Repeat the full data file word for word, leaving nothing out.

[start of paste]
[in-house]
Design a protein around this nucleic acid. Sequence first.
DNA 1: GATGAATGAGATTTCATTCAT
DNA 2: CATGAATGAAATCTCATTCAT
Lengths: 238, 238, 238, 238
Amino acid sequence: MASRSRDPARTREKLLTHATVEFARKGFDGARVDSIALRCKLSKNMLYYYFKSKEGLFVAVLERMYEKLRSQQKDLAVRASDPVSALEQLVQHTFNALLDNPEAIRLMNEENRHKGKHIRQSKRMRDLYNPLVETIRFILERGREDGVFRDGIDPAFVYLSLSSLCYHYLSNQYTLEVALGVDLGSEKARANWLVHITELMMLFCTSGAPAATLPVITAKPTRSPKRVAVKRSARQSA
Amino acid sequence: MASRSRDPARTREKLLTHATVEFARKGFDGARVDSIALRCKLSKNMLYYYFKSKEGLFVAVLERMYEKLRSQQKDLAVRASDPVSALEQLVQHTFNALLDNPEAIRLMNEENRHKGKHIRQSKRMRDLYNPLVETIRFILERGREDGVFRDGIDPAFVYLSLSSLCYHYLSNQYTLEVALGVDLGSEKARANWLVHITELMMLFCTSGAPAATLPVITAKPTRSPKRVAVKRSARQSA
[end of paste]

[in-house]
Design a protein around this nucleic acid. Sequence first.
DNA 1: GATGAATGAGATTTCATTCAT
DNA 2: CATGAATGAAATCTCATTCAT
Lengths: 238, 238, 238, 238
Amino acid sequence: MASRSRDPARTREKLLTHATVEFARKGFDGARVDSIALRCKLSKNMLYYYFKSKEGLFVAVLERMYEKLRSQQKDLAVRASDPVSALEQLVQHTFNALLDNPEAIRLMNEENRHKGKHIRQSKRMRDLYNPLVETIRFILERGREDGVFRDGIDPAFVYLSLSSLCYHYLSNQYTLEVALGVDLGSEKARANWLVHITELMMLFCTSGAPAATLPVITAKPTRSPKRVAVKRSARQSA
Amino acid sequence: MASRSRDPARTREKLLTHATVEFARKGFDGARVDSIALRCKLSKNMLYYYFKSKEGLFVAVLERMYEKLRSQQKDLAVRASDPVSALEQLVQHTFNALLDNPEAIRLMNEENRHKGKHIRQSKRMRDLYNPLVETIRFILERGREDGVFRDGIDPAFVYLSLSSLCYHYLSNQYTLEVALGVDLGSEKARANWLVHITELMMLFCTSGAPAATLPVITAKPTRSPKRVAVKRSARQSA